Understanding the role of active site residues in CotB2 catalysis using a cluster model

  1. Keren Raz1,
  2. Ronja Driller2,3,4ORCID Logo,
  3. Thomas Brück5ORCID Logo,
  4. Bernhard Loll2ORCID Logo and
  5. Dan T. Major1ORCID Logo

1Department of Chemistry, Bar-Ilan University, Ramat-Gan 52900, Israel
2Institute of Chemistry and Biochemistry, Laboratory of Structural Biochemistry, Freie Universität Berlin, Takustr. 6, 14195 Berlin, Germany
3present address: Department of Molecular Biology and Genetics, Aarhus University, Gustav Wieds Vej 10, 8000 Aarhus C, Denmark

4present address: Danish Research Institute of Translational Neuroscience - DANDRITE, Nordic-EMBL Partnership for Molecular Medicine, Aarhus C, Denmark
5Werner Siemens Chair of Synthetic Biotechnology, Dept. of Chemistry, Technical University of Munich (TUM), Lichtenbergstr. 4, 85748 Garching, Germany

  1. Corresponding author email

This article is part of the thematic issue "Reactive intermediates – carbocations".

Guest Editor: S. R. Hare
Beilstein J. Org. Chem. 2020, 16, 50–59. doi:10.3762/bjoc.16.7
Received 25 Sep 2019, Accepted 17 Dec 2019, Published 08 Jan 2020

A non-peer-reviewed version of this article has been previously published as a preprint doi:10.3762/bxiv.2019.108.v1

Abstract

Terpene cyclases are responsible for the initial cyclization cascade in the multistep synthesis of a large number of terpenes. CotB2 is a diterpene cyclase from Streptomyces melanosporofaciens, which catalyzes the formation of cycloocta-9-en-7-ol, a precursor to the next-generation anti-inflammatory drug cyclooctatin. In this work, we present evidence for the significant role of the active site's residues in CotB2 on the reaction energetics using quantum mechanical calculations in an active site cluster model. The results revealed the significant effect of the active site residues on the relative electronic energy of the intermediates and transition state structures with respect to gas phase data. A detailed understanding of the role of the enzyme environment on the CotB2 reaction cascade can provide important information towards a biosynthetic strategy for cyclooctatin and the biomanufacturing of related terpene structures.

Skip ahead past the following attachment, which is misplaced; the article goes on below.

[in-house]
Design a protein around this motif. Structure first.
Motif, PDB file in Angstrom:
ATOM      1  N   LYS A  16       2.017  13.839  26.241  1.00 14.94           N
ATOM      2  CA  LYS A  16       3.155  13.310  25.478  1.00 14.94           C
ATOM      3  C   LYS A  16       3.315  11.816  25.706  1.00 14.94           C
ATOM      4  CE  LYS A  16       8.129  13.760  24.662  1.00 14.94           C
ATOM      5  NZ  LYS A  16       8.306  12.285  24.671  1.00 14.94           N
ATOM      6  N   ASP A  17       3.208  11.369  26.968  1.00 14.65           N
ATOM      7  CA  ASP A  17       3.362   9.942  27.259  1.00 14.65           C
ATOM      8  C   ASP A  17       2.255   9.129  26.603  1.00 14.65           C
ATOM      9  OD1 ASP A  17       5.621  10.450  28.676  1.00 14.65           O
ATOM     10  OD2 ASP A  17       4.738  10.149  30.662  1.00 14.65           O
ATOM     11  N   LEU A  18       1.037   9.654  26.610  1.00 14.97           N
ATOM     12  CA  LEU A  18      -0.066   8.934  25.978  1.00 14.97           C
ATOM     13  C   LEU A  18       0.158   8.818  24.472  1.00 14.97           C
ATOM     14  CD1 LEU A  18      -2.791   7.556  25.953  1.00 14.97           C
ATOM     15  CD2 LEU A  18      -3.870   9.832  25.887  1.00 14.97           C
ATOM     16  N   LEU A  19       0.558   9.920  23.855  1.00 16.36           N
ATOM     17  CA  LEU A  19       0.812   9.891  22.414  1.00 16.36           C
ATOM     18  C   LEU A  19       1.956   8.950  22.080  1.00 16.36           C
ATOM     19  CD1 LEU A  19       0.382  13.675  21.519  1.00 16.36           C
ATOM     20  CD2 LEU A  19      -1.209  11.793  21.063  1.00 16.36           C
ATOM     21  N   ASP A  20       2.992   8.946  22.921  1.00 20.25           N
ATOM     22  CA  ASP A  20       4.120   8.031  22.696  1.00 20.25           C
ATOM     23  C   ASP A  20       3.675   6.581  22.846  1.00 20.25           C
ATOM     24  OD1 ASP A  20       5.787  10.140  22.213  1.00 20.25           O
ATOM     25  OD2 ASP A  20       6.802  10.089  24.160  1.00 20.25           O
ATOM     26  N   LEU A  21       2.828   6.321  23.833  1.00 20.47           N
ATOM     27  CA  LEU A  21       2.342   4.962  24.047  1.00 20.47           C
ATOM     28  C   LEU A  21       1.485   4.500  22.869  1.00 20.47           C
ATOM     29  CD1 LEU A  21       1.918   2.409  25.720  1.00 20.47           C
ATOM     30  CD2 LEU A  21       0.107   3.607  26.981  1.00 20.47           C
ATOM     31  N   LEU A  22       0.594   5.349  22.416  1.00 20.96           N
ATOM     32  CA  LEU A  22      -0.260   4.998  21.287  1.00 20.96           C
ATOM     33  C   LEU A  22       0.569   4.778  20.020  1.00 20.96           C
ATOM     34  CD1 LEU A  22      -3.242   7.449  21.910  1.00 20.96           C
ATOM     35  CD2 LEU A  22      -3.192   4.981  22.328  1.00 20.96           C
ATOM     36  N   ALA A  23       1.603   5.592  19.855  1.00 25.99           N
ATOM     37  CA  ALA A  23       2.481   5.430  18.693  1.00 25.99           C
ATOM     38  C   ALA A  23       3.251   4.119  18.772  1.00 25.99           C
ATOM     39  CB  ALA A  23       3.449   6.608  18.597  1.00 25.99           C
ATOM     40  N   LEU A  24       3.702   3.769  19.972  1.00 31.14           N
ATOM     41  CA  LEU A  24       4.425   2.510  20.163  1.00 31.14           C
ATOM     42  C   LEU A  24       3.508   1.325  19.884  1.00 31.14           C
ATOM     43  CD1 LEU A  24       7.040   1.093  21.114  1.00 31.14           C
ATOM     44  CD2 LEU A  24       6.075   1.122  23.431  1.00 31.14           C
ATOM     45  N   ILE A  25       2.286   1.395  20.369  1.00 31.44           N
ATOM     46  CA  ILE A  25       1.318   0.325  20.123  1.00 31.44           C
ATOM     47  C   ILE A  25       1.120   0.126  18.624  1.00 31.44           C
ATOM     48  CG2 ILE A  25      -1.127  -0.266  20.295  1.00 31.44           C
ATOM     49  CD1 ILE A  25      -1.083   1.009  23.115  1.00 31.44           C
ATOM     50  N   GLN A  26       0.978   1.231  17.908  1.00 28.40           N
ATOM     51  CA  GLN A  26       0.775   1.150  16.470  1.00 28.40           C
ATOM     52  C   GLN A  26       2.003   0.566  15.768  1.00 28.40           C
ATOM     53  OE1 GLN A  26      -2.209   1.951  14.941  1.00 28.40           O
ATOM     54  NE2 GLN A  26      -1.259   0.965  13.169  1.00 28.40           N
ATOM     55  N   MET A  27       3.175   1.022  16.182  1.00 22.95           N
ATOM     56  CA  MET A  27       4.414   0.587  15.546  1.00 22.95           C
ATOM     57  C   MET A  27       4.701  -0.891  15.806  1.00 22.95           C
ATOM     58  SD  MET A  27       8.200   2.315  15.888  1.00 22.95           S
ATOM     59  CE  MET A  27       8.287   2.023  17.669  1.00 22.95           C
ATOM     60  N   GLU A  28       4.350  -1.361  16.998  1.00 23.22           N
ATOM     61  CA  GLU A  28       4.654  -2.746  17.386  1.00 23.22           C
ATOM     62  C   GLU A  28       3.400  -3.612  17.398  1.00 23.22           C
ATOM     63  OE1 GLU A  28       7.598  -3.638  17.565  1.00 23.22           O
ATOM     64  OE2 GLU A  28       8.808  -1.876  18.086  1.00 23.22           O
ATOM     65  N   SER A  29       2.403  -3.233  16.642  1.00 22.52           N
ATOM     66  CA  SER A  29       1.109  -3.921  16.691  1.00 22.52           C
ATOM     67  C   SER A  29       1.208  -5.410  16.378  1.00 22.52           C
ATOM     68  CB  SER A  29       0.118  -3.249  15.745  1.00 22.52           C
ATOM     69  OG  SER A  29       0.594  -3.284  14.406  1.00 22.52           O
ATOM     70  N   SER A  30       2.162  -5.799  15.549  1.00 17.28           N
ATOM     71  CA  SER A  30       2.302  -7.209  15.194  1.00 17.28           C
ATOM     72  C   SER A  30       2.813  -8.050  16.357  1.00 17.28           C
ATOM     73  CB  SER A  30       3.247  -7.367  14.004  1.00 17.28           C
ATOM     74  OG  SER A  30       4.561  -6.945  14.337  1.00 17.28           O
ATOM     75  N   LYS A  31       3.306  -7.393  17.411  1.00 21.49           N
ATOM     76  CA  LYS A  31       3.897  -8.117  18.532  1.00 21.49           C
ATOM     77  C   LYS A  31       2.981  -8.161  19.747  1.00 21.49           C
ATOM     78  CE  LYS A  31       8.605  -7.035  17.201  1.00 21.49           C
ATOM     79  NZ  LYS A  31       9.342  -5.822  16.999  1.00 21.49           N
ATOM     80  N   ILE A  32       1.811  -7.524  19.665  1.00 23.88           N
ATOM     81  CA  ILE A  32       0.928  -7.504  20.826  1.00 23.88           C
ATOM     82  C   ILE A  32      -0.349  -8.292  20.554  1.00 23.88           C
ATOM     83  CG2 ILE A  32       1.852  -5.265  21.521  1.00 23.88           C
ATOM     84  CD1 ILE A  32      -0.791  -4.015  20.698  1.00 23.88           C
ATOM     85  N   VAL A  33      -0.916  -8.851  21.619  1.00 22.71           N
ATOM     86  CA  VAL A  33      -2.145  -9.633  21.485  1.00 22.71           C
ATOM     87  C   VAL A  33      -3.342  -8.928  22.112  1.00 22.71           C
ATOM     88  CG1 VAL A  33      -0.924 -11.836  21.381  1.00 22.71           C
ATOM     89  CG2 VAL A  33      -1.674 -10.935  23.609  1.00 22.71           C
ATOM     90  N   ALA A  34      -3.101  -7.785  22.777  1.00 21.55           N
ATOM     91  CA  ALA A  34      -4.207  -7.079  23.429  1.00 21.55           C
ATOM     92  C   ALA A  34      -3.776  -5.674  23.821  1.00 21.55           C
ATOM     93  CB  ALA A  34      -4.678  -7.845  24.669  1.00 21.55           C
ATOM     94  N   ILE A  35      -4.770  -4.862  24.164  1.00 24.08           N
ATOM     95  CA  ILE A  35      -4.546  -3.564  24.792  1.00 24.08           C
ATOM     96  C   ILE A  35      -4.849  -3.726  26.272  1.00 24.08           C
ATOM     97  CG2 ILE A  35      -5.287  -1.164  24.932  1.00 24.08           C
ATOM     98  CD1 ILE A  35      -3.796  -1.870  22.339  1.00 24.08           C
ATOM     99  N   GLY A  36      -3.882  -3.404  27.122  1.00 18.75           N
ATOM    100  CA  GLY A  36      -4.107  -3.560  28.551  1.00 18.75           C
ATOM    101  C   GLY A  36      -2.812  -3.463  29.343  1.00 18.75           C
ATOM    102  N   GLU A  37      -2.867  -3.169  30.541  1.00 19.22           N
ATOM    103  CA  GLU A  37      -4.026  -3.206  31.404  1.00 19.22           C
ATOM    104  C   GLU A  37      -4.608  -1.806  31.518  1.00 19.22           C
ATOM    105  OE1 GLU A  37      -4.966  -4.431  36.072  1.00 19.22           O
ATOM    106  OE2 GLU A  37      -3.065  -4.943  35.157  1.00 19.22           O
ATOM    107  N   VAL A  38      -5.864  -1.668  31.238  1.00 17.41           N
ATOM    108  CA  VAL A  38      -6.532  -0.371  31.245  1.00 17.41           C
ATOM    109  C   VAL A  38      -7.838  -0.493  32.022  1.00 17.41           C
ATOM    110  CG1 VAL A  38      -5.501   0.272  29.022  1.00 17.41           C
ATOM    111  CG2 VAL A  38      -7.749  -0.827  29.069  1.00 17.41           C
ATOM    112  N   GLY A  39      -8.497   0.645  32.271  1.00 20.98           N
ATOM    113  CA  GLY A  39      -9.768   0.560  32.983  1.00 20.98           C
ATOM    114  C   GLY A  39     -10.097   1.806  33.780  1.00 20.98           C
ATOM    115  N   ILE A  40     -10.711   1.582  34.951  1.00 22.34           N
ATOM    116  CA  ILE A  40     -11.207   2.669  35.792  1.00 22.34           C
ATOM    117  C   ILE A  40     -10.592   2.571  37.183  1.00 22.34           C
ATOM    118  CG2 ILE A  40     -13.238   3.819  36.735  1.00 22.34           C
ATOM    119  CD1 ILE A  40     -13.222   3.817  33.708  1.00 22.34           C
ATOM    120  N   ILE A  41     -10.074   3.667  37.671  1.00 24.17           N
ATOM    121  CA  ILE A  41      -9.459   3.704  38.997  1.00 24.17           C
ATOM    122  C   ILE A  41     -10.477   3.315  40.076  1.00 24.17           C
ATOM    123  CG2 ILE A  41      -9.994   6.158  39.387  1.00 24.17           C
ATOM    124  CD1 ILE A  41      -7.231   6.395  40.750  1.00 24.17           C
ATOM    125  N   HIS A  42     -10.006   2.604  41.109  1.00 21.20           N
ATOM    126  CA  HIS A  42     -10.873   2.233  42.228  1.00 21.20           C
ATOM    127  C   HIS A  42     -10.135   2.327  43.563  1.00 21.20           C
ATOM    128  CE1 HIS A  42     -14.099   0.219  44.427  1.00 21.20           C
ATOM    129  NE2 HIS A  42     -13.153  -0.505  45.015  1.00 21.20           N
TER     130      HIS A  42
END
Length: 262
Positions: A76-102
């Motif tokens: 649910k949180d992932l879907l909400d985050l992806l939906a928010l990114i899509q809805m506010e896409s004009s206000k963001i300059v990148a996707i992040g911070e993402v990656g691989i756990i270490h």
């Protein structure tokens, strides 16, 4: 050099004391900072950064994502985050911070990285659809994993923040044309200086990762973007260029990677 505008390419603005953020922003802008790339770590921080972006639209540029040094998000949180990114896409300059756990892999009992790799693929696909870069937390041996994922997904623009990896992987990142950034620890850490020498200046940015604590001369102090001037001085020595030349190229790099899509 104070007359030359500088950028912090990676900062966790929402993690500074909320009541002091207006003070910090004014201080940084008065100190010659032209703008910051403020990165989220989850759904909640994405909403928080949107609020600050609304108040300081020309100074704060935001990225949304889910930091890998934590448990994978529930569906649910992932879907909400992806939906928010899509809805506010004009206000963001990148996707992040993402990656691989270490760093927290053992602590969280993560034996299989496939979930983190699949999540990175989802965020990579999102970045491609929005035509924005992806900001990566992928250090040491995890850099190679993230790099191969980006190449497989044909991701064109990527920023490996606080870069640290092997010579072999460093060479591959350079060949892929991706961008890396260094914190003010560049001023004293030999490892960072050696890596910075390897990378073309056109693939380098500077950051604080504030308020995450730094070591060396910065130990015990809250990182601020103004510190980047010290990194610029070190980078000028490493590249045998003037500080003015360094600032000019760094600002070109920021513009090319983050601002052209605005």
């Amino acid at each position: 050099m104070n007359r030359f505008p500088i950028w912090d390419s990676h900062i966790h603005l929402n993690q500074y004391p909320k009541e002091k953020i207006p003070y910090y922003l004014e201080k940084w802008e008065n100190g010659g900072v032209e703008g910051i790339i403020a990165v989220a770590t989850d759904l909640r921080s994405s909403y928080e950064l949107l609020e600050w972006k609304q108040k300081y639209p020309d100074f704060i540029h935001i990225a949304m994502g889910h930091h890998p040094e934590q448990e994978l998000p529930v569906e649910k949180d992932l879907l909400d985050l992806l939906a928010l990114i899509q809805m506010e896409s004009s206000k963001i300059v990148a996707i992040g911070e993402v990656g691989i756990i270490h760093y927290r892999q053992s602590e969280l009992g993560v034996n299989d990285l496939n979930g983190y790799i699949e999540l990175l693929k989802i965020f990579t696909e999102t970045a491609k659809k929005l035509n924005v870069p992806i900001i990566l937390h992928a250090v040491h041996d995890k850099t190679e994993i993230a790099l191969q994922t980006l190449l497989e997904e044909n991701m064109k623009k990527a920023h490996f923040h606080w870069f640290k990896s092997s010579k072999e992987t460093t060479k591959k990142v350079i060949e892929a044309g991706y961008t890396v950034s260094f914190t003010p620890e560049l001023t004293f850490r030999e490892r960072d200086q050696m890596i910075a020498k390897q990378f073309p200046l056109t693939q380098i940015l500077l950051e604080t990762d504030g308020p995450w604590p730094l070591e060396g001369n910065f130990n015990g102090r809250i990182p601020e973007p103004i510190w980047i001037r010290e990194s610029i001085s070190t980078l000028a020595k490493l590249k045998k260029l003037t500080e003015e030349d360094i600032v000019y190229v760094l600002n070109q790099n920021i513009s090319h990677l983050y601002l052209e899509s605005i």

Keywords: active site; CotB2 cyclase; diterpene; mechanism; quantum mechanics

Introduction

Enzymes catalyze numerous complex biochemical reactions in different cellular compartments [1,2]. More specifically, the enigmatic class of terpene cyclases is responsible for converting linear aliphatic oligoprenyl diphosphates into various chemically complex macrocyclic products. The resulting terpene scaffolds and their functionalized terpenoid analogues comprise the largest and structurally most diverse family of natural products, currently representing over 80,000 reported structures from all kingdoms of life [3]. The largest diversity of terpenoids is reported for the plant kingdom where higher terpenes represent secondary metabolic products, which are responsible for, e.g., defense against biotic and abiotic stress or for attracting insects for pollination [4,5]. Industrially, terpene natural products are employed as flavoring agents [6], fragrances, pigments, cosmetics, perfumes, biofuels, and agrochemicals [5]. Additionally, terpene natural products with numerous pharmacological [7,8] and biological activities have been reported, rendering them important targets for medical and biotechnology research [9]. Chemical synthetic and sustainable biosynthetic strategies in synergy with the biological activity of different terpene natural products have been reviewed elsewhere [3,10-17].

The first crystal structure of a monoterpene cyclase [18] was reported in 2002. Subsequently, the first crystal structures of a sesquiterpene [19,20] and a triterpene [21] cyclase were published in 1997. Less than a decade ago, the first crystal structure of a diterpene cyclase was reported by Christianson and co-workers [22]. These structures, in conjunction with extensive biochemical work [10,13,14,23], have contributed to the understanding of mechanistic details of terpene cyclases and facilitated rational enzyme design [24]. Theoretical quantum mechanical (QM) investigations on the chemistry of terpenes in the gas phase have provided a detailed understanding of the carbocation mechanisms underlying terpene synthase function [25-27]. Further, we have used multiscale modeling tools to study the effects of the enzyme environment in catalyzing reactions of mono-, sesqui-, and diterpene synthases [28-36].